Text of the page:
Instinct is a 1999 American film starring Anthony Hopkins, Cuba Gooding, Jr., George Dzundza, Donald Sutherland, and Maura Tierney. It was very loosely inspired by Ishmael, a novel by Daniel Quinn. In the United States, the film had the working title Ishmael. In 2000, the film was nominated for and won a Genesis Award in the category of feature film. The film examines the mind of anthropologist Ethan Powell (Hopkins) who has been missing for a few years, living in the jungle with gorillas. He had been convicted of killing and injuring several supposed Wilderness Park Rangers in Africa, and is sent to prison. A bright young psychiatrist (Gooding) tries to find out why he killed them, but becomes entangled in a quest to learn the true history and nature of humankind. Eventually it is revealed that the man did it to protect his gorilla family when the rangers arrived and started shooting them. He gets a hearing to reveal the truth, but an attack by a vicious guard causes Powell to stop talking again. At the end of the film, Powell escapes from prison, using a pen to dig out the lock on a window and heads back to Africa. The film received mostly poor or mixed reviews.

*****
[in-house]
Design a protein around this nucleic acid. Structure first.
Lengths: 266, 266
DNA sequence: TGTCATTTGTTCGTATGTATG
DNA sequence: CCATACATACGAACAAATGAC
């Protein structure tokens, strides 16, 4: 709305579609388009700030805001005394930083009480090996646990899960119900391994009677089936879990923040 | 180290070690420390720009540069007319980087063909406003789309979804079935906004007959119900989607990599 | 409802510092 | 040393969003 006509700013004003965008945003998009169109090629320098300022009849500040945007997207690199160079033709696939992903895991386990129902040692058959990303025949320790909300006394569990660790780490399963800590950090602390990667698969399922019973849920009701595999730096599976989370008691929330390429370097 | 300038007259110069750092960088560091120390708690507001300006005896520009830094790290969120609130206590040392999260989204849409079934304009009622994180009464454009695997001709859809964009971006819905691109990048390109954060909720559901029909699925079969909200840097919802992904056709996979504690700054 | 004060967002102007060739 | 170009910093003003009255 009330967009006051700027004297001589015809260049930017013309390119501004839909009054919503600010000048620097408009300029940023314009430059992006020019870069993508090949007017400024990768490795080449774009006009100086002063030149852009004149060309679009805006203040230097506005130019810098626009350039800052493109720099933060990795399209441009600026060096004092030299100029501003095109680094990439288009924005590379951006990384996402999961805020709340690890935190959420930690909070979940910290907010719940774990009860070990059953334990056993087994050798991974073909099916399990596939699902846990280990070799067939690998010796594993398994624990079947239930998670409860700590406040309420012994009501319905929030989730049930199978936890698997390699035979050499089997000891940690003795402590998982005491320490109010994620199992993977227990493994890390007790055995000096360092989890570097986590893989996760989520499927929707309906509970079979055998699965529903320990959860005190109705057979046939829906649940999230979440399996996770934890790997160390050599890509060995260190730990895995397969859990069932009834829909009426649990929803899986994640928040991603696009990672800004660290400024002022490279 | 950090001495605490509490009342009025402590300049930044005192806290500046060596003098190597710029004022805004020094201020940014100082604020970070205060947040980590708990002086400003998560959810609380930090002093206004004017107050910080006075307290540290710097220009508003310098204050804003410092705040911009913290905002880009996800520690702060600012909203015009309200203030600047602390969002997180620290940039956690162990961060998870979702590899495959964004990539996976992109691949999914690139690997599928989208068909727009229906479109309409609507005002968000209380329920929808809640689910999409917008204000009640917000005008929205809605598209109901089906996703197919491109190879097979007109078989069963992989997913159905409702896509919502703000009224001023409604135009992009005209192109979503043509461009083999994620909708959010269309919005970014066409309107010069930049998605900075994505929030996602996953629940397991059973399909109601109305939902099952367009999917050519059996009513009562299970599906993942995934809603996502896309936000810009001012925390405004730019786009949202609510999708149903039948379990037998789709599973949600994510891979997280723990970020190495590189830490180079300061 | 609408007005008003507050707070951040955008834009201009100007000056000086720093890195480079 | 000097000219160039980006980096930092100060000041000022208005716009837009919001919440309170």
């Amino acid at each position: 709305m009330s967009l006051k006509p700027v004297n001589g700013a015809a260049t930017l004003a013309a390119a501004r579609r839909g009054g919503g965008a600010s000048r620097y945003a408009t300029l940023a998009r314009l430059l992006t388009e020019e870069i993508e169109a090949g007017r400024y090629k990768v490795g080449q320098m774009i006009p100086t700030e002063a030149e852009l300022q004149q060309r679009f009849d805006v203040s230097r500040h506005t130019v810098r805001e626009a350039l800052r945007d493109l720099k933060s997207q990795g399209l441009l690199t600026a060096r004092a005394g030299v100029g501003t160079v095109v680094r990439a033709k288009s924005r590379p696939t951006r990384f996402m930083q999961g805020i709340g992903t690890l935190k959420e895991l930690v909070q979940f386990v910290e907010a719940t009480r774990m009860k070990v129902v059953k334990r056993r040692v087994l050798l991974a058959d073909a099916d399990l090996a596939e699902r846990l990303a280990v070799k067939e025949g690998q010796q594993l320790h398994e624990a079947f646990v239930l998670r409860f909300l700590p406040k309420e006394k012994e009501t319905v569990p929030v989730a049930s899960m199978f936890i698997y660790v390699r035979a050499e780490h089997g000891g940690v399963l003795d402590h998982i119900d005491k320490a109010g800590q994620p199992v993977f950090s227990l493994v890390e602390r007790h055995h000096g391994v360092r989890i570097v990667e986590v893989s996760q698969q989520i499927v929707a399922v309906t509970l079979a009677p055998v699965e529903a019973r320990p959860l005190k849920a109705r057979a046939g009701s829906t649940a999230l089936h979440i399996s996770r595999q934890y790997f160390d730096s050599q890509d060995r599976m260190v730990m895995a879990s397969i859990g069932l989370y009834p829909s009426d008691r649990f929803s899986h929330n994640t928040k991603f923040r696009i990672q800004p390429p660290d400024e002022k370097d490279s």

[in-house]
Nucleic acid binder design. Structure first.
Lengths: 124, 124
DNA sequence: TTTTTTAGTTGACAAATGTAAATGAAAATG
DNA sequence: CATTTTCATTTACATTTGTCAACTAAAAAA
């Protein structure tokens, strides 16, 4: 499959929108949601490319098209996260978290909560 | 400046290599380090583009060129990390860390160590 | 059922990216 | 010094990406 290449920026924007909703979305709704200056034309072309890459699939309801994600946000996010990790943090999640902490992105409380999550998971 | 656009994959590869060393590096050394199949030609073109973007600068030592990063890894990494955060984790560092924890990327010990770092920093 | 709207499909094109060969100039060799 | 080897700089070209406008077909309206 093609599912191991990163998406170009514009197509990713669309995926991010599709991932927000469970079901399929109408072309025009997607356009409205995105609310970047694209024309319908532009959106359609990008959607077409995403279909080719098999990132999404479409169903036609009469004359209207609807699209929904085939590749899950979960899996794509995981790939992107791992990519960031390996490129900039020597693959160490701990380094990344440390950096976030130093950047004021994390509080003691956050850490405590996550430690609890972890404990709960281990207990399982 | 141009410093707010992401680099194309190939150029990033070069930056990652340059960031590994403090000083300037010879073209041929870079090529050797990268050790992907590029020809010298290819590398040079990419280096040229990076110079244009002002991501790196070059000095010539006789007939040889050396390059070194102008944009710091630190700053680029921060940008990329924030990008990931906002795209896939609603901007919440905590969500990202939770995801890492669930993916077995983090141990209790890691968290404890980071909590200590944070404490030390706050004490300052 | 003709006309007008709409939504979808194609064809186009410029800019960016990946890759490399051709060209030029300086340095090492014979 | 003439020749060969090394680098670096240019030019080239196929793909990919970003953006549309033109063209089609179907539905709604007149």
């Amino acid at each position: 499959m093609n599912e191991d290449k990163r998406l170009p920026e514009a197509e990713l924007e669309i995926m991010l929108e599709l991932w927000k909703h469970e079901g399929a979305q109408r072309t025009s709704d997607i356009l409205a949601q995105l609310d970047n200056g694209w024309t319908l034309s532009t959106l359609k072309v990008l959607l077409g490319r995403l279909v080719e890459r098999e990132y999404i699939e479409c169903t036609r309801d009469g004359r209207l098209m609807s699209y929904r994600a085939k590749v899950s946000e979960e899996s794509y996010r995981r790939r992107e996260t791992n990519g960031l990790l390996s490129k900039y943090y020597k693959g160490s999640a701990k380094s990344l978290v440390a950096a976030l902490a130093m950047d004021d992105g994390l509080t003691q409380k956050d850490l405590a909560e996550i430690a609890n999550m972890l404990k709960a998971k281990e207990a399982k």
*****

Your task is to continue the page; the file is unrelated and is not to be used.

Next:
Hannibal Lecter, meet Tarzan, Lord of the Apes.
Sad but true, that’s all it takes to boil down Instinct, a curious blend of thriller and feel-good prison movie that manages to somehow be neither.
The story of Ethan Powell (Hopkins), a highly intelligent doctor (sound familiar yet?) and primatologist who opts to live with the gorillas in Rwanda for a couple of years, and goes a bit primal on us. Several years later, Doc Powell is extradited after murdered a few Rwandans. Oh, and he won’t speak any more. So they bring in hotshot psychiatrist resident Theo Caulder (Gooding) to deconstruct Powell and bring him back into the fold.
Here’s where we throw in a little Cuckoo’s Nest (in fact, several of the inmates of Powell’s prison seem lifted from Cuckoo’s Nest entirely!). I half-expected to see Chief along the way.
Despite the movie’s pretense, there’s little mystery along the way. We know all along who gets killed and why. If you can’t figure it out, you need to go see Star Wars again. But aside from some lightly humorous moments, Instinct is largely predictable and tiresome, and it isn’t likely to click with many audiences. And let me just add that Maura Tierney (Powell’s daughter) has always rubbed me the wrong way.
Instinct is not a bad movie. It’s just not a terribly well-made one. Regardless, I’m sure I won’t be the only one (accidentally) calling it ‘Instink’.
Hopkins brings out the monkey inside.